A cool Saturday morning greeted the adventurous who participated in a scavenger hunt at the Cummins Nature Preserve in Mason County.
As part of the monthly activities held at the preserve, families and lovers of the outdoors can walk the many trails , given only a compass and a map marking a spot where a prize can be found. Preserve caretaker Grant Felice said the scavenger hunt is a way to test one’s skills in navigation.
“We love GPS, and it works great, but there’s times where you can’t get it, there just is,” Felice said. “You need four satellites to get a good GPS position, and there are places down in our hollows that you cannot get those satellites.”
Another reason for the event, Felice said, is to get people in the community outside and active. Getting people to be active is behind a lot of the events that are held at the preserve.
“We’re getting people out, and we’re really trying to get people to start changing their lifestyle a little bit, and get out here regularly — start coming out and walking,” he said.
Showing off the preserve, especially by having people walk the trails and incentivised by looking for prizes, surely comes as a bonus as well.
“Now, at this point, we’ve got about an hour and a half of trails out here to walk,” Felice said. “We’ve completed this entire Deer Scout trail all the way back to the campground, it goes all the way from the guard rail at the front of the preserve, and we’ve got it all the way to the back.”
Scott Stamm, along with his wife, Sarah and son, Jamison, were among the families which walked the trails for the scavenger hunt. Scott Stamm said one of the reasons for coming to the event was because his son is so enthusiastic about the outdoors.
“Jamison, our son, loves to do things outdoors and we’ve always tried to be involved with stuff that Grant does out here. We live close by, so we try to support that,” Scott Stamm said.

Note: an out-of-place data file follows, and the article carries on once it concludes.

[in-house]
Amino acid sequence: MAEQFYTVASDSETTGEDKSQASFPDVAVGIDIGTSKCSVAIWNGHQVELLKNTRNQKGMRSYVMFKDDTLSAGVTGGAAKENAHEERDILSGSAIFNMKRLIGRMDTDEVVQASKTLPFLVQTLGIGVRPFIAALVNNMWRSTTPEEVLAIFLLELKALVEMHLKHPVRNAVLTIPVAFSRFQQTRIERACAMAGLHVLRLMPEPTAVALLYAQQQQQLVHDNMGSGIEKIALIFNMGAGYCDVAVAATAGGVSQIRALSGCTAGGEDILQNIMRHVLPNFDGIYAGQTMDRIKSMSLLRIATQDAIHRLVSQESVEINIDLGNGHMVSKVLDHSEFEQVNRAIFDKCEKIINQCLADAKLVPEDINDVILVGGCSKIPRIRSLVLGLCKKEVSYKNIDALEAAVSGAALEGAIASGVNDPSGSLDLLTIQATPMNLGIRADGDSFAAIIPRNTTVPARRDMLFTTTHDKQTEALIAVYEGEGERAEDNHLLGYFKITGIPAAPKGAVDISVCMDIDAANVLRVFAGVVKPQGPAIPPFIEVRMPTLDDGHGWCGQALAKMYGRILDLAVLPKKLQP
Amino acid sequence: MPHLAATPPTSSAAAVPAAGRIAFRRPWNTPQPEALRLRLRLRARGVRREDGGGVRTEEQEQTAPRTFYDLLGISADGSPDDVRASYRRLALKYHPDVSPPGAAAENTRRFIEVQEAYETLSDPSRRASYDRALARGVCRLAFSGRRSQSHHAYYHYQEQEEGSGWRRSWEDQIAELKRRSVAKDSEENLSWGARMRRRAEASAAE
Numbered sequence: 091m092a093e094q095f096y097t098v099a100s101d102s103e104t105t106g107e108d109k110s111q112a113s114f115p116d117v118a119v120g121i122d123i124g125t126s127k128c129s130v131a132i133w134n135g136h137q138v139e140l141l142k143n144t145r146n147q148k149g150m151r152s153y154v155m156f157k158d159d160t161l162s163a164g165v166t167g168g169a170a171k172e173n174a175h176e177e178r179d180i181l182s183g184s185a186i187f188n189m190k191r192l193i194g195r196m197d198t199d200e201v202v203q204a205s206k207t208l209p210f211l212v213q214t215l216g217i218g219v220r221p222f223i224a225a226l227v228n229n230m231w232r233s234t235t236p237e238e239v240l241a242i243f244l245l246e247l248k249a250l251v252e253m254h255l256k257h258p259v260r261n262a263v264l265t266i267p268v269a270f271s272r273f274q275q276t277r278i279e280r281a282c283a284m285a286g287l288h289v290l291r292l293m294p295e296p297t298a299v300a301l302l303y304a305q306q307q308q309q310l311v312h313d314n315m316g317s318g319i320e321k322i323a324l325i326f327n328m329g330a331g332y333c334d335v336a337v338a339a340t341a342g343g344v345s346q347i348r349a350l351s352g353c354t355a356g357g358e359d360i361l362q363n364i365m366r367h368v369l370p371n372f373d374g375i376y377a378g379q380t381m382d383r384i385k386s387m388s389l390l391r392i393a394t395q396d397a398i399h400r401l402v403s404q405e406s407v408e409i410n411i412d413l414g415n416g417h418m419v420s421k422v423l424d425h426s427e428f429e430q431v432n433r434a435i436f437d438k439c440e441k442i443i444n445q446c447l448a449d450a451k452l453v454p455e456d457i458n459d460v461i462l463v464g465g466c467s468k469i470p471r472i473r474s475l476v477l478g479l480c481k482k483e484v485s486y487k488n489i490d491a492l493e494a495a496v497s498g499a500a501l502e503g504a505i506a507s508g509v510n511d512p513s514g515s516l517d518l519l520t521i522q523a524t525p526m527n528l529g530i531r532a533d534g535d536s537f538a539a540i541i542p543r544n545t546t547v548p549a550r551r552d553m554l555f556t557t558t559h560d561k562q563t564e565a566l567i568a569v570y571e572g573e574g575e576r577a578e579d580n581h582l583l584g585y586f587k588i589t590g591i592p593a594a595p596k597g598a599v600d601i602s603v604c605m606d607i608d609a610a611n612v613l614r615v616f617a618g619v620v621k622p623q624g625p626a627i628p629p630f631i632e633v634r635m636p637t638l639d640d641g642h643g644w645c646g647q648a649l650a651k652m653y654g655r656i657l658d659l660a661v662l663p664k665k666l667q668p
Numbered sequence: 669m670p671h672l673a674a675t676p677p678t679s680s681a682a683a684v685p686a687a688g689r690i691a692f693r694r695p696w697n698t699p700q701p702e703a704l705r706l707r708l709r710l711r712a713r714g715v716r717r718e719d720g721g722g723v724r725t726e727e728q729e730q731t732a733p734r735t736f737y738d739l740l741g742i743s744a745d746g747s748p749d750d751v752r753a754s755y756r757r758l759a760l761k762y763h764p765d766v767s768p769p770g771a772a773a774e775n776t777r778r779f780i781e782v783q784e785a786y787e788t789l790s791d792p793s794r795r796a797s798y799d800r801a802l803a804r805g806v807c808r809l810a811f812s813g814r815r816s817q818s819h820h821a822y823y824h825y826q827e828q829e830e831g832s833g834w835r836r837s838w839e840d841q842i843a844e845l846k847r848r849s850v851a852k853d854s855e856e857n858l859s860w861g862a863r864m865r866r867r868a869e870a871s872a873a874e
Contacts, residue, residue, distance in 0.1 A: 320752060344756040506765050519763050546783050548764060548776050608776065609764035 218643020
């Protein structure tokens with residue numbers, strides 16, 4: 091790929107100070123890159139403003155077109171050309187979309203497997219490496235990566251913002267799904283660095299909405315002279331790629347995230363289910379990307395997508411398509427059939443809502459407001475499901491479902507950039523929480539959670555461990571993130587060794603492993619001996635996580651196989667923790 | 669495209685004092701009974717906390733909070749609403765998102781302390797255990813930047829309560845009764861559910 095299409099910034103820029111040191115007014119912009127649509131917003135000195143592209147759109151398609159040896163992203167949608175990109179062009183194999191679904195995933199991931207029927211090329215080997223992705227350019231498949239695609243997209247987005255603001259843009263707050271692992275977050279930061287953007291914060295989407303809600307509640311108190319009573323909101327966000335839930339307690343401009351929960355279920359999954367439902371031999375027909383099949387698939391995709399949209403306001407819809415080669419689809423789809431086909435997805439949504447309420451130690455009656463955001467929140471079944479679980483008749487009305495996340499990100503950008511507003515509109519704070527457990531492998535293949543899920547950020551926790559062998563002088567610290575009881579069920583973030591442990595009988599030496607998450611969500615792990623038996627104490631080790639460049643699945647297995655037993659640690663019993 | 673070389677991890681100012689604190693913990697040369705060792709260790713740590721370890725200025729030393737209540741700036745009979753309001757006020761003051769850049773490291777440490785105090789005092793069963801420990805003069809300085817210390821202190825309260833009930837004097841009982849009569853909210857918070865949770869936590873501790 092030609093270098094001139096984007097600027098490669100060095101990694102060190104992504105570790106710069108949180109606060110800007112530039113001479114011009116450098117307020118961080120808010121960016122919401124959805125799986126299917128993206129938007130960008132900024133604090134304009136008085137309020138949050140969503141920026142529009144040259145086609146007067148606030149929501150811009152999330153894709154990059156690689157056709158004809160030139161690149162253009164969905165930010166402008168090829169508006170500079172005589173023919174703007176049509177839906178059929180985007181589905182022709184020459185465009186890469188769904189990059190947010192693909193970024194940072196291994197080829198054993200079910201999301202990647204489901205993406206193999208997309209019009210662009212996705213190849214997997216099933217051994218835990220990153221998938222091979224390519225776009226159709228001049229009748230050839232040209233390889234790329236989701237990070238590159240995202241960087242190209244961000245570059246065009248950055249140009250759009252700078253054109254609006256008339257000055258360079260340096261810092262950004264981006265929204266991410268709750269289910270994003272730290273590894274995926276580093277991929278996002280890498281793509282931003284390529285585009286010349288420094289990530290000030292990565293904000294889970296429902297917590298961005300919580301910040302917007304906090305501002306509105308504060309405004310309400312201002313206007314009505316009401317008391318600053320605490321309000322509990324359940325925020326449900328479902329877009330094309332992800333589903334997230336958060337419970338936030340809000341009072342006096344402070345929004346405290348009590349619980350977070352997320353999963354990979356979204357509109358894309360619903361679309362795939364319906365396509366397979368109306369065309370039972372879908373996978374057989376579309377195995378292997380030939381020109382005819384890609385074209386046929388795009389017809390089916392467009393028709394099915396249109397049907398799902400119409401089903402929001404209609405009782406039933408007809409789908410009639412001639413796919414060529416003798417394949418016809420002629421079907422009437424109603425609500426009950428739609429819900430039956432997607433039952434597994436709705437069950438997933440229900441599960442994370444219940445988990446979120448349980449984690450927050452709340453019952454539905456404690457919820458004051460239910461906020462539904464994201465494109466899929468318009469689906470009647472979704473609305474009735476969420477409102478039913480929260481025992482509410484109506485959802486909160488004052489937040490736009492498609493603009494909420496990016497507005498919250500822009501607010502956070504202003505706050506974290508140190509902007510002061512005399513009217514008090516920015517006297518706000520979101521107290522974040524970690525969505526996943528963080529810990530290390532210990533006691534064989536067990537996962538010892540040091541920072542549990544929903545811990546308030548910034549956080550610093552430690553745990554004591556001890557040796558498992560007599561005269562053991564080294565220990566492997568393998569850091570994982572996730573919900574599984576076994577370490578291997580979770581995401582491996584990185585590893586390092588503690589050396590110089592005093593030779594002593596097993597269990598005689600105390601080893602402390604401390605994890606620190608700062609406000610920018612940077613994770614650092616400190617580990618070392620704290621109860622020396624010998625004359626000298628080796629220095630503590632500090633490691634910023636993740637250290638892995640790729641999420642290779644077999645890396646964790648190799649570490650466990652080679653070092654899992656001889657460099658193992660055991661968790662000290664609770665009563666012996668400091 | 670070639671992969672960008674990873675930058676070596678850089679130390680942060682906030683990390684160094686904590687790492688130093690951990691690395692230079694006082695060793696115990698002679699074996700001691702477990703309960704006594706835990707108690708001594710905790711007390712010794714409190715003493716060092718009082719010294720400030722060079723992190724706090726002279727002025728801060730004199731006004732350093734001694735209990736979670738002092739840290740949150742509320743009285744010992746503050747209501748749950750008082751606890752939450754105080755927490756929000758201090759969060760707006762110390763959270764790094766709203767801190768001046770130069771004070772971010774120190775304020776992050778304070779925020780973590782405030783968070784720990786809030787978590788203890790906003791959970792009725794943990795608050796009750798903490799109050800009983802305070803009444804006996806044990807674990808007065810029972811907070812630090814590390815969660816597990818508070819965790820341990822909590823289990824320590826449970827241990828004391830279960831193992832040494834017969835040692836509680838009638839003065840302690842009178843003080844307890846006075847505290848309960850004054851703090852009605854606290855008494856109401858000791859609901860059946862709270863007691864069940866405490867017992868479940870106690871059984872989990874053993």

Jamison Stamm, 7, said his favorite thing about the outdoors is seeing all of the wildlife and that going to the scavenger hunt was worth it.
“I like seeing turtles and lizards and all that, it’s so fun,” he said.
The family said they completed their hunt in around 30 minutes, but that didn’t stop them from taking in the sights.
“We took some time to check out some squirrel nesting box, an old chimney we found, so it was more like a little adventure,” Sarah Stamm said.
Also on Saturday, the Tollesboro Fall Days invited folks to enjoy the nice weather and peruse the weekend-long flea market. Skeeter Shaw, organizer of the event, operated his concession booth and served barbecued foods to visitors. He intends for the event to become an annual gathering.
“We’re working on having four a year here,” he said, “and there’s going to be two in May, one in June, and one at the end of September every year.”
Shaw said the fees for those who open booths at the event all go towards supporting the town and its inhabitants.
“For the vendors that we get, all of the money goes to the Tollesboro Lions Club, which is a good deal,” Shaw said. “They furnish eyeglasses for the kids, and for the community it gives them something to do — there’s not much to do in Tollesboro.”
While starting small, Shaw says he expects the event to grow.